Shonen Knife

Shonen Knife

Shonen Knife

Le Poisson Rouge, New York City • June 22, 2015

Let’s face it. To be a fan of Shonen Knife, one must have an innate desire to embrace the blend of edgy rock riffs with the kitschiest part of Japanese culture. The mental and social preparation for the Shonen Knife experience for me was as ritualistic as a Japanese tea ceremony. I ate an early dinner of sushi washed down with cups of sake and finished off with a couple of strawberry Pocky twigs and a Mochi ball for dessert, all while watching Speed Racer clips on YouTube. Yes, it’s overboard kitschy indeed, but this is what a good Shonen Knife show demands.

<div class="i-credit">May Terry</div><div class="i-caption">Emi of Shonen Knife</div>

Emi of Shonen Knife

May Terry
Emi of Shonen Knife

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May Terry
Shonen Knife


And what better way to honor the long-standing female pop-punk trio of the Yamano sisters (Naoko on guitar and Atsuko on bass) and drummer, Emi Morimoto? Shonen Knife’s music is a Pop Rocks candy of colorful lyrics filled with images of Jap-anime battles and fun foods like sushi, green tea, and bananas with a fizzy mouthful of hard guitar distortions and pulsing rhythms.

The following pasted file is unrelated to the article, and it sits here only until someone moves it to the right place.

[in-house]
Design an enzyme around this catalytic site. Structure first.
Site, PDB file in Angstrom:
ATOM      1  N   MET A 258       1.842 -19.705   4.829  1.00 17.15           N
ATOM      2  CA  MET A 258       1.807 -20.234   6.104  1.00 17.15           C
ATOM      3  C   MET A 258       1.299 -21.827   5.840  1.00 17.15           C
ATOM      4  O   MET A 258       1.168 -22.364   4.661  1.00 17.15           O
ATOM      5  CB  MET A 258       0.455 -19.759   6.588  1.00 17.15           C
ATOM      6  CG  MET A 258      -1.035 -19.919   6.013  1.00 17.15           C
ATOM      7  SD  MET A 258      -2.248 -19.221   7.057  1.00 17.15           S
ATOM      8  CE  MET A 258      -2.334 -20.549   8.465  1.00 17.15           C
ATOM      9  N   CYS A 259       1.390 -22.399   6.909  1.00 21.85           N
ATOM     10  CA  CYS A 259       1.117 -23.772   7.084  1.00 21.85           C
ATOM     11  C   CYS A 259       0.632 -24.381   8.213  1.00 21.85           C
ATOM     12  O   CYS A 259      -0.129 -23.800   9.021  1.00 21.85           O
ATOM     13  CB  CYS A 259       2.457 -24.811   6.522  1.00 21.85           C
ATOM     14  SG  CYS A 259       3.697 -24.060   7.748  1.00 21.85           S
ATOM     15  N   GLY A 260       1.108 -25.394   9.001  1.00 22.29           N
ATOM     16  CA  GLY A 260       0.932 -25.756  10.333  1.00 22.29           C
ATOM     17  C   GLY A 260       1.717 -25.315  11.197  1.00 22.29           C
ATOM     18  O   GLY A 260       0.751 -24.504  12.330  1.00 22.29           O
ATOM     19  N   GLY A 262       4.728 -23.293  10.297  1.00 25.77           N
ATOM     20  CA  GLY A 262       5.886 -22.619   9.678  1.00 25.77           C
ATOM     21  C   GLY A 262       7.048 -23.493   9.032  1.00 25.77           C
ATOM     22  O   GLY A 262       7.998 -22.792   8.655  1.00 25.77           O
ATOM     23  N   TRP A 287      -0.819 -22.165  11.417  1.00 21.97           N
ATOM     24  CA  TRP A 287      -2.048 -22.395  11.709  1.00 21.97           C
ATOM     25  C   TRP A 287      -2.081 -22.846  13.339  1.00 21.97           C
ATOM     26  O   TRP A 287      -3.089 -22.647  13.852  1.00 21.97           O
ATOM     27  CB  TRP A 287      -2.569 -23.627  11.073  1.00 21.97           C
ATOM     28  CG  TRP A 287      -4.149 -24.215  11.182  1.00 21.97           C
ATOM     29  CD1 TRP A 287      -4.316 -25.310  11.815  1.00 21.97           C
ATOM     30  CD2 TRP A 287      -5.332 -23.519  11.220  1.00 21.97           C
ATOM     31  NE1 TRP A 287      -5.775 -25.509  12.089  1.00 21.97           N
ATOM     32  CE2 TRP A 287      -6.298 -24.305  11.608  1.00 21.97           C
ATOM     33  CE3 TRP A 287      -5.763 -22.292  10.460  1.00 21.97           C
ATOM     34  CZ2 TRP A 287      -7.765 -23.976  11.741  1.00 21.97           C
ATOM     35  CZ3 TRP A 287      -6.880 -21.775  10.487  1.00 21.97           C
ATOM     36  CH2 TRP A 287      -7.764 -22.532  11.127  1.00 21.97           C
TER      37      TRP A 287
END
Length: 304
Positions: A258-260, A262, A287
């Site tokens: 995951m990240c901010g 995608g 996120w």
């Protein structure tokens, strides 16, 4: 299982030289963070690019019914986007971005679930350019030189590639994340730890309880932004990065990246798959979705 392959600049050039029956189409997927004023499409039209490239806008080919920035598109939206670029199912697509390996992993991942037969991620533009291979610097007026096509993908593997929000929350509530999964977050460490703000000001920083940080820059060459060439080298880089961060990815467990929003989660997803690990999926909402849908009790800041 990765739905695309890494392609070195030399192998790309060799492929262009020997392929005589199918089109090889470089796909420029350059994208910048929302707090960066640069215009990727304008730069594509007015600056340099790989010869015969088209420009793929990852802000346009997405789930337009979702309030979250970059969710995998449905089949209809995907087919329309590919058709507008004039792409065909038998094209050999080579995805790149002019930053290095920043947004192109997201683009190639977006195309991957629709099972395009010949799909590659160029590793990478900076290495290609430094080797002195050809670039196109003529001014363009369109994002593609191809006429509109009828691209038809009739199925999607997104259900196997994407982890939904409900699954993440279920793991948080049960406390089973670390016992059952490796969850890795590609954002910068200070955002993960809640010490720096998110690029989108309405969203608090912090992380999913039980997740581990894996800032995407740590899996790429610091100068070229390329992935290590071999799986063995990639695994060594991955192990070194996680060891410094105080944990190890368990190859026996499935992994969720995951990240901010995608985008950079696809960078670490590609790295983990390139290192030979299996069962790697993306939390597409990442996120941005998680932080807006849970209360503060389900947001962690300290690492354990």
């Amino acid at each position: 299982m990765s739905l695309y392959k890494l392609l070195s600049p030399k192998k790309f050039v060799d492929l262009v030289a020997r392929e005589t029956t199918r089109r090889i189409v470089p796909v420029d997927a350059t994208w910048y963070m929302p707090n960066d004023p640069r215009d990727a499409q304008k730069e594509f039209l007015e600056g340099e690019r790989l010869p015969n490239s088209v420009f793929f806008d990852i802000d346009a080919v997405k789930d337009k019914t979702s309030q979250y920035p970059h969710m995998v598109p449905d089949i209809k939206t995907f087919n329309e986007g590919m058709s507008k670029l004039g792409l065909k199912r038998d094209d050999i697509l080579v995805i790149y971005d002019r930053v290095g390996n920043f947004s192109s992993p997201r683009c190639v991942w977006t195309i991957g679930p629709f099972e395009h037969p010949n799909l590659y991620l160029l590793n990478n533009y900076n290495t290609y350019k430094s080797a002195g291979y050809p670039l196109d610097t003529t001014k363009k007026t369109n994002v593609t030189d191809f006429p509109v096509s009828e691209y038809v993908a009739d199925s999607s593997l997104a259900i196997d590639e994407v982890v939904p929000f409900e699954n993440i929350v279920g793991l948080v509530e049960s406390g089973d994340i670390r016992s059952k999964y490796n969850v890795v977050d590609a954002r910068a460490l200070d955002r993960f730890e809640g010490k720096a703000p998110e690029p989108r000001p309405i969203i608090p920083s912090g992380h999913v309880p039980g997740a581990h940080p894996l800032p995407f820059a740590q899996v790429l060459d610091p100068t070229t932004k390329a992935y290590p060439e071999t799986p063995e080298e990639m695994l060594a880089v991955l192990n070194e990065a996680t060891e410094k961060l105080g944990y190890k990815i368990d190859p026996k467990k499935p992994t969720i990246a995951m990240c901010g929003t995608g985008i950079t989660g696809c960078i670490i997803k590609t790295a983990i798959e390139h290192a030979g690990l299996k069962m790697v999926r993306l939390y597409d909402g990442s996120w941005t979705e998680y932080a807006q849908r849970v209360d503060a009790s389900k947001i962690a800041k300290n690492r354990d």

For this event, Shonen Knife was winding down the U.S. leg of their world tour, opening for CJ Ramone at Le Poisson Rouge in NYC’s West Village. The SK-CJ pairing was genius. Several Shonen Knife songs showcase the Ramones influence on songs like “Riding on a Rocket” (from the album Let’s Knife) and the 2011 EP, Osaka Ramones – Tribute to The Ramones.

Shonen Knife

May Terry
Shonen Knife

Le Poisson Rouge, with its walls as red as Christian Grey’s playroom, was a poorly lit small venue that oftentimes washed a red hue over both band and audience. Equally poor over-reverbed and over-bassed sound mixing drowned out most of the vocals. But, as mentioned earlier, it’s the overall show that makes the Shonen Knife experience. From the first introductory song, aptly called “Konnichiwa,” to the closing song of “Buttercup (I’m a Super Girl),” the ladies were one non-stop run of entertainment.

Shonen Knife

May Terry
Shonen Knife

Visually, the Osaka-based trio took to the stage with a matching dress of Mondrian-like bright patterns in 60’s retro-fashion. In songs like “Bad Luck Song” and “Cobra vs. Mongoose,” Naoko and Atsuko strut their stage maneuvers a-la Detroit Rock City, pointing to the crowds, making hand-horn gestures, hair whipping, and circling arm-windmills with their guitar strums. Emi was full of flair and energetic bursts behind the drum set on “Explosion!” and, she clearly shined on songs like “Green Tea” when she sang while pounding the shit of those toms.

Emi of Shonen Knife

May Terry
Emi of Shonen Knife

We’re not sure when Shonen Knife will reunite in the U.S. Naoko and Emi returned to Japan while Atsuko went home to California. But, that doesn’t mean that one can’t still enjoy the Shonen Knife experience. Check out their discography, make it a night of campy abandon with food and music like I did before this live show, and “Let’s Knife!”

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